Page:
Given the average progression rates and the development duration associated with traditional research and development (R&D) models, the current pipeline will generate few new antibiotics in the coming years.
According to the 2021 report by the World Health Organization only 2 of the 12 newly approved antibacterials represent a new class. Lack of innovation means that the emergence of resistance to these newly approved antibacterials is probable. The majority (7 out of 12) of the newly approved antibiotics are classified as “Reserve” according to the WHO 2021 AWaRe classification, while three are in the “Watch” group. This means that most new agents presently in development, if approved, will likely be in the Reserve group and thus considered last-resort antibiotics to be used only where previous treatment lines have failed.
Innovation remains a challenge for Gram-negative bacterial species
Antibacterial agents in clinical development do not address the problem of extensively or pan-drug-resistant Gram-negative bacteria. Novel antibiotics targeting the critical WHO priority pathogens are still lacking; in particular, carbapenem-resistant A. baumannii and P. aeruginosa, continue to be insufficiently addressed. The antibacterial agents in clinical development that target WHO priority pathogens are mainly β-lactam / β-lactam inhibitor combinations.
The anti-tuberculosis clinical antibacterial pipeline is more innovative, with half of the antibacterials meeting at least one innovation criteria for belonging to a new chemical class. Regarding C. difficile infections, there are five products in the pipeline and four of them are innovative agents.
The clinical direct-acting small molecule (“traditional”) pipeline remains dominated by improvements in existing classes. To overcome existing cross-resistance, more new classes of antibacterials are needed, including antibacterials addressing new targets and using new modes of action. The innovation criteria should be designed in each new product under development including a low propensity for resistance development, at least by mutation, and characteristics that promote cell permeation and/or efflux avoidance.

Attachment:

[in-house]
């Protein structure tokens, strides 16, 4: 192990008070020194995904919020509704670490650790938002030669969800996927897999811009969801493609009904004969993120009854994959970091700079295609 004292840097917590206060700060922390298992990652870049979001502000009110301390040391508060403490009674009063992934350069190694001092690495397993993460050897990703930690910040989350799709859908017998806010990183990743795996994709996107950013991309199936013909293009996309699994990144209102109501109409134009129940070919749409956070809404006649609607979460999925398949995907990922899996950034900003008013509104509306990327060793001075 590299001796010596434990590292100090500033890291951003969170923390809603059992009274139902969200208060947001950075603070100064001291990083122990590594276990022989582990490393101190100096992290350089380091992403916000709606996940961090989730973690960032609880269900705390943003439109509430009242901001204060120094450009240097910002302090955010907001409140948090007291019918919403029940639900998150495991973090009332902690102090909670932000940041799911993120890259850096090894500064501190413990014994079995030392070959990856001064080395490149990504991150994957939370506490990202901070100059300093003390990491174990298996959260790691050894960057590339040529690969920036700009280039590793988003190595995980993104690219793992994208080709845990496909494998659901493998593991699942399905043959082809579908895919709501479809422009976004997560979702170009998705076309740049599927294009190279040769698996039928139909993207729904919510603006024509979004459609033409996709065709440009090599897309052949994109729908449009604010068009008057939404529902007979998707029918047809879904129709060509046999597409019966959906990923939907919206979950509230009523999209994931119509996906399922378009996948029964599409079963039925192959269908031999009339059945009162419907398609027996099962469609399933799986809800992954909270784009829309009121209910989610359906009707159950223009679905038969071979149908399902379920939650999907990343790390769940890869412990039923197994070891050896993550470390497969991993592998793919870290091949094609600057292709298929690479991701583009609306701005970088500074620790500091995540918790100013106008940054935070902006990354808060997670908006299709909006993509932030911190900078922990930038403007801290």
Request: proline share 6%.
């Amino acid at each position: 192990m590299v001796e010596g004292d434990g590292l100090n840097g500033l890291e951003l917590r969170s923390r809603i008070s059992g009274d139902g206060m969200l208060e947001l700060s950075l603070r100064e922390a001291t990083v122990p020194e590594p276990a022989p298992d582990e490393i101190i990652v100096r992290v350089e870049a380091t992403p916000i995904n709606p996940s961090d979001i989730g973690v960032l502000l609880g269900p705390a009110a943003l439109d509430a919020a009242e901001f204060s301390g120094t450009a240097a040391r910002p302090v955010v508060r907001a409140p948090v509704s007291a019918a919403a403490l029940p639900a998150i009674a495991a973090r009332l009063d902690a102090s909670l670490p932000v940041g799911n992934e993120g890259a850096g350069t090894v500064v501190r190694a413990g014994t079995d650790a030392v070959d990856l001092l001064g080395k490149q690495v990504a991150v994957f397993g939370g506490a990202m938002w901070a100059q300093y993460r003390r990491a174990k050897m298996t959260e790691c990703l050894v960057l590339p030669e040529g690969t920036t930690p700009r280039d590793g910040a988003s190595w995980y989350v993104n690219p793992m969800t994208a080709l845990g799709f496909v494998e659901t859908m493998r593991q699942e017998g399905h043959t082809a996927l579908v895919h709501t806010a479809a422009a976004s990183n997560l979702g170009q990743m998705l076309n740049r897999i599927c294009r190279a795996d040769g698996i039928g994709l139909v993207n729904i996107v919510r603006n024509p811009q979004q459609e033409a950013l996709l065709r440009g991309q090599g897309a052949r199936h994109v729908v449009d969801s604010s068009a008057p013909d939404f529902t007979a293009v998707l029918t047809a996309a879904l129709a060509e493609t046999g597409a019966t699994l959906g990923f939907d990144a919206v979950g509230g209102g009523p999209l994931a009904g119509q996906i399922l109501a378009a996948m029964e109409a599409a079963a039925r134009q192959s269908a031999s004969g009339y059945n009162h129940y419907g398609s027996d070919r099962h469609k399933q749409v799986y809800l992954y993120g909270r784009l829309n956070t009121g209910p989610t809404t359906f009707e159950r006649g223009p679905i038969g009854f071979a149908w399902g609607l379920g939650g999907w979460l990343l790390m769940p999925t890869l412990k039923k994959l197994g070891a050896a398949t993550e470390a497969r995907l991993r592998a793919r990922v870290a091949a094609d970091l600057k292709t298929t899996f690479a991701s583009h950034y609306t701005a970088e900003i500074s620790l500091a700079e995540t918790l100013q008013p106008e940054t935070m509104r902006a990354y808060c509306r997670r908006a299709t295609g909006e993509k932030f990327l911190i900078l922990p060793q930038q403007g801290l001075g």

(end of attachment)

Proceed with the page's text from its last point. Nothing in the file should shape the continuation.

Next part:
Diversity in non-traditional approaches
Innovative approaches that could be used as an alternative to, or complementary and synergistic with, traditional antibacterial agents that are being pursued hold the potential to curb AMR. In the present scenario, where traditional products have a limited lifespan before resistance emerges and their value is preserved by stewardship measures, non-conventional approaches seem to offer opportunities to tackle AMR from different angles.
Most of the non-traditional agents are in early clinical stages, and many of these will likely face development hurdles as/if they progress through the pipeline. In addition, over 90% of the non-traditional agents are pathogen-specific strategies, a majority of which target Staphylococcus aureus and C. difficile. This selectivity confirms a trend observed also in the preclinical space and requires significant diagnostic availability for optimal use, which is often not available outside of specialised health-care facilities and poses a challenge in low-resource settings.
Gaps and constraints in the current clinical research and development landscape
The traditional antibacterial agents under development remain insufficient to adequately address the enormous threat posed by AMR. There is a gap in the development of products addressing pathogens with a broad spectrum of resistance to authorized antibacterial agents.
Only one among the authorised products and few among the antibacterial agents under development address the critical pathogens. In addition, most of them are combinations of β-lactams with β-lactam inhibitors but very few agents target metallo-β-lactamases which continue to grow in prevalence. Thus, in terms of therapeutic targets, the pipeline remains largely unequipped against multidrug resistant A. baumannii and P. aeruginosa.
Regarding innovation and indirectly the potential for cross-resistance, we are missing antibacterial agents meeting at least one of the WHO innovation criteria and at the same time targeting the critical Gram-negative bacteria.
In addition, appropriate oral formulations for outpatient treatment along with optimised paediatric formulations are generally lacking across the entire clinical pipeline